Just as Turkey is a crossroads between West and East, it is also a crossroads of musical styles. You can find music inspired from east of Turkey such as Persia/Iran and farther, or music from the south in Syria, Lebanon and Egypt, to music inspired by the Balkans and the Romani populations there. The genres cover ancient to modern, classical to pop. It's a melange of music worthy of a country that has seen a plethora of cultures pass through it, each putting their indelible stamp on Turkish culture and society. In particular, Istanbul, which literally straddles the East-West divide, is home to all kinds of artists, musical and otherwise.

Today's random song is by Replikas, an experimental/psychedelic rock band from Istanbul. Featuring Gökçe Akçelik on guitar and vocals, Barkın Engin on guitar, Selçuk Artut on bass, Orçun Baştürk on drums and Burak Tamer on electronics, the band has released seven studio albums, one boxed set and one live performance album, as well as being featured on many compilations. The band has also made music for film as well as appearing in the documentary Crossing the Bridge: The Sound of Istanbul. This song, Şahar Dağı, can be found on the soundtrack to Crossing the Bridge: The Sound of Istanbul (2006).

Tuesday, February 3, 2015

Dylan's Heroes: Tommy Makem and Liam Clancy with "Morning Glory"

A little touch o' the Irish for you in today's random tune. Morning Glory is by Tommy Makem and Liam Clancy. The song was clearly written before the Irish were willing to ignore church warnings and began using birth control - it is about a guy who regularly visits four sisters, the daughters of the landlord in the Cross Keys Inn, goes to war, and comes back to find the sisters four have made babies four that look just like him. Makem, who died in 2007, was a folk musician, artist, poet and storyteller known as the Bard of Armagh. Internationally acclaimed, he was a member of The Clancy Brothers and Tommy Makem. A baritone, he played a number of instruments including 5 string banjo, tin whistle, low whistle, guitar, bodhrán and bagpipes. Liam Clancy, who died in 2009, was the youngest member of The Clancy Brothers. He was known for his powerful voice, and Bob Dylan considered him the greatest ballad singer ever and he was a hero to the young Dylan as he was learning his craft. He was a central figure in the folk revival of Europe and North America. Morning Glory can be found on Makem and Clancy's 1978 album Two for the Early Dew.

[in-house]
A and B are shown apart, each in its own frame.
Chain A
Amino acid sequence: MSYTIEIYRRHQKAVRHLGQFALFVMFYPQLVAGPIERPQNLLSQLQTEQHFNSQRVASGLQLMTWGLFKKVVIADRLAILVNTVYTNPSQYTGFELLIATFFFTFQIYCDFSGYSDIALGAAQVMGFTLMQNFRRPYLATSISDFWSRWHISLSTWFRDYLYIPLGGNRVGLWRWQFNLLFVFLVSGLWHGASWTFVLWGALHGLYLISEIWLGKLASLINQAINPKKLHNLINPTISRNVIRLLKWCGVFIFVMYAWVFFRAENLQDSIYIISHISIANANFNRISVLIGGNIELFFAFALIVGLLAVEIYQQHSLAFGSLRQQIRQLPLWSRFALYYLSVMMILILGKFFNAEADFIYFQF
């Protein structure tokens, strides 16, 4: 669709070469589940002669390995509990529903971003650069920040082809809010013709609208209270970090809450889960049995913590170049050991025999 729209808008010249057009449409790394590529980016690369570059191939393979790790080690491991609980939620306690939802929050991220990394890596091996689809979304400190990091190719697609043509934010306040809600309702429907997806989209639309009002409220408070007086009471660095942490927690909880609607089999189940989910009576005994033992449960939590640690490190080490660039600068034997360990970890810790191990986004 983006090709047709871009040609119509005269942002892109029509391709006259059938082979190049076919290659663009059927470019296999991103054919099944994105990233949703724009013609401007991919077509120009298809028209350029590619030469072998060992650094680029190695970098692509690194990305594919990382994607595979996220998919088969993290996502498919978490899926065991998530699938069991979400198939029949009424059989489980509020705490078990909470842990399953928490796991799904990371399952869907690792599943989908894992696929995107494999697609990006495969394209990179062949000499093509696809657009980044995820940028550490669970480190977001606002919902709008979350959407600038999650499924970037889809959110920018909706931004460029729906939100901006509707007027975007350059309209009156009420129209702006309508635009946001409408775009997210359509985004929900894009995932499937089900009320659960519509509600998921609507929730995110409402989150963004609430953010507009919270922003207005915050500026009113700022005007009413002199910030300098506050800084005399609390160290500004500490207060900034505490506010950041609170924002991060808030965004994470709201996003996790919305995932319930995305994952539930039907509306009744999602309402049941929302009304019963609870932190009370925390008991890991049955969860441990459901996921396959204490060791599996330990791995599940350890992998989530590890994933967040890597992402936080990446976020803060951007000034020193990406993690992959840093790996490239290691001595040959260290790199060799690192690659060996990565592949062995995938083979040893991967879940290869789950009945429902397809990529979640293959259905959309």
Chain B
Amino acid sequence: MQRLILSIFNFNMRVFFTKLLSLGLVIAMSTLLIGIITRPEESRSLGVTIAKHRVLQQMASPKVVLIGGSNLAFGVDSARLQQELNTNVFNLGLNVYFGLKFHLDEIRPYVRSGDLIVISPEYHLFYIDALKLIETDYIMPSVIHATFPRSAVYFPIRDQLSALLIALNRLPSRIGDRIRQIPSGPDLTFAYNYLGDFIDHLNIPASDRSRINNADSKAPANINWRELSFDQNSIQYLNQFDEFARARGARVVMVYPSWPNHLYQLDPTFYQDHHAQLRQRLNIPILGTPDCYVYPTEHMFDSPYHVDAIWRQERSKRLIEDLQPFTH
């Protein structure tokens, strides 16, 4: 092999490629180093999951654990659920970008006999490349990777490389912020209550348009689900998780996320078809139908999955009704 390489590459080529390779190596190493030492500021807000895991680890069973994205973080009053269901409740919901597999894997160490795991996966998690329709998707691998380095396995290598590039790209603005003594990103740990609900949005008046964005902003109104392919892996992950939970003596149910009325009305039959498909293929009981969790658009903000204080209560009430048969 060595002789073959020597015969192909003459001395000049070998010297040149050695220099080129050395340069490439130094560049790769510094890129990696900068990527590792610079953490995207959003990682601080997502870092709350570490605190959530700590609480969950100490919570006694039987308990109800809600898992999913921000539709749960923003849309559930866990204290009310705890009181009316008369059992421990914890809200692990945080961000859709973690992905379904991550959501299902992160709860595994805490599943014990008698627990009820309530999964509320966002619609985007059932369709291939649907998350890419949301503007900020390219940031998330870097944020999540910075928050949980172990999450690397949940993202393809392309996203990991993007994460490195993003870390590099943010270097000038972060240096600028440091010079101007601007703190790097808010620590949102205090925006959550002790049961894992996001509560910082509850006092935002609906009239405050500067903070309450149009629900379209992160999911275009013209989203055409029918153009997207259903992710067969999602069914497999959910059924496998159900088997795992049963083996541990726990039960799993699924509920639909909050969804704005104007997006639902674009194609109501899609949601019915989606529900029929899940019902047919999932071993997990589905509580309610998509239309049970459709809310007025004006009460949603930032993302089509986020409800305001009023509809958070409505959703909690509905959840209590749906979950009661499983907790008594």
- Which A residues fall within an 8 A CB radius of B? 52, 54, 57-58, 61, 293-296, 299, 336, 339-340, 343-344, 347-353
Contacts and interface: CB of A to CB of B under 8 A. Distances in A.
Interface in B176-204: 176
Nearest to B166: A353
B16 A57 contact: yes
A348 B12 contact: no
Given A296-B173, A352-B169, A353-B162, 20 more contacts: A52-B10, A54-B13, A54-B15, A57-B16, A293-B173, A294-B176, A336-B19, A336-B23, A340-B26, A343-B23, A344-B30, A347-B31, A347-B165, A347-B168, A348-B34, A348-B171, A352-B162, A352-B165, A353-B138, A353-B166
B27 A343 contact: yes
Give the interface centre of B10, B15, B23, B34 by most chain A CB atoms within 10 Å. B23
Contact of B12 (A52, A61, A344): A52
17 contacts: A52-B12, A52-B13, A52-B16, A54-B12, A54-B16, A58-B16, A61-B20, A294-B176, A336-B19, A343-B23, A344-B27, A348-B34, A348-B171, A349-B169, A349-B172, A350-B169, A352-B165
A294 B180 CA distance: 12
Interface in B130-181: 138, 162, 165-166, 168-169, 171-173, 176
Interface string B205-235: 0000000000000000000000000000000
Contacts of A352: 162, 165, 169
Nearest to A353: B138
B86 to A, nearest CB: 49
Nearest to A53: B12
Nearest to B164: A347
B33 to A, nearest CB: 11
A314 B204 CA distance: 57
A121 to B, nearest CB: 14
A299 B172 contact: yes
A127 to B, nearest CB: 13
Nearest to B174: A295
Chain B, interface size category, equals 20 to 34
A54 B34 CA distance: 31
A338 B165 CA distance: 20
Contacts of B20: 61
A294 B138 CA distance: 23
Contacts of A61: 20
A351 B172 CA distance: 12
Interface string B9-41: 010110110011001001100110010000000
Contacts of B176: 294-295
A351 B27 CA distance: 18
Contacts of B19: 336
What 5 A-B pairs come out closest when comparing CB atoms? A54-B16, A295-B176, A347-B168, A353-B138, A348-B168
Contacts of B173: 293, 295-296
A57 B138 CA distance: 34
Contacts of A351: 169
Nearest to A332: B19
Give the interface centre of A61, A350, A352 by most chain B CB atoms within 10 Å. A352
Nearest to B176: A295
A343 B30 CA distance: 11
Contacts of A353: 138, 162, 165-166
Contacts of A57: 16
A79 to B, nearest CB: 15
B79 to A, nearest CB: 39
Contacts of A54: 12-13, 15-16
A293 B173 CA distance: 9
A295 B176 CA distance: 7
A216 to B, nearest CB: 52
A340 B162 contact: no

Monday, February 2, 2015

Listen to the KUNM Global Music Show Tonight, 2/2, 10 pm Mountain time.

Listen to the KUNM Global Music Show tonight, February 2nd from 10 pm to 1 am Mountain time, on 89.9 KUNM Albuquerque/Santa Fe or at We will have a plethora of music from around the world including some of the newest releases. Be a citizen of the world, and tune in!

Monk Sounds: Srikalogy and "Hey Govinda, Hey Gopal"

Our random tune today is from Srikalogy, which along with Srikala is the performing name of Srikala Kerel Roach, a DJ. MC, producer and percussionist who is the son of West Indian parents and who grew up in Bedford-Stuyvesant in Brooklyn. Influenced early by hip hop, reggae, dub, and R&B, he expanded his range to include rock, blues, pop and jazz. At 18 seeking to end a cycle of self-destructive behavior, he entered a monastic life at an ashram on the Lower East Side of New York City which was steeped in the Bhakti yoga tradition and transcendental sound vibration. He transitioned out of monastic life after 6 years and began studying audio engineering and began releasing albums in 2011. He has also collaborated with other groups, notably the Earthrise SoundSystem. He appears regularly in New York City with his jazz funk fusion band, The Flowdown, He seeks to bring hope and inspiration with his music, culminating in a message to appreciate and enjoy the beauty of life. This song, Hey Govinda, Hey Gopal can be found on his 2014 album Kirtan Sessions: Volume One.

Sunday, February 1, 2015

A Plea for Unity: Judith Sephuma and "Le Tshephile Mang"

Our random tune takes us to South Africa with Le Tshephile Mang by South African jazz singer and afro-pop artist Judith Sephuma. The song is a plea for togetherness in the midst of disharmony. While it is certainly born out of the social and political environment of South Africa, it could also count for the United States today. As I read in the news the shameful treatment of certain sectors of American society, the shameful treatment of American Muslims at the Texas capitol only the latest example, I wonder when the people of the United States will realize that we are strongest when unified and together; therefore, we should reject the example set by our politicians. But in our political climate today, this simple and commonsense image seems to be be lost in recriminations and accusations and the lazy and easy willingness to point fingers and target rather than striving toward the harder but more constructive work of reaching out to those we don't usually engage or understand. Naivete? Maybe. Hope? Certainly.

Sephuma was born and raised in Polokwane, South Africa and moved to Cape Town in 1994 to study jazz singing. She won Best Jazz Vocalist in a major South African competition, which led to her signing with the African division of BMG. Le Tshephile Mang can be found on her 2001 album A Cry, A Smile, A Dance and on the Putumayo compilation album Women of Africa (2004).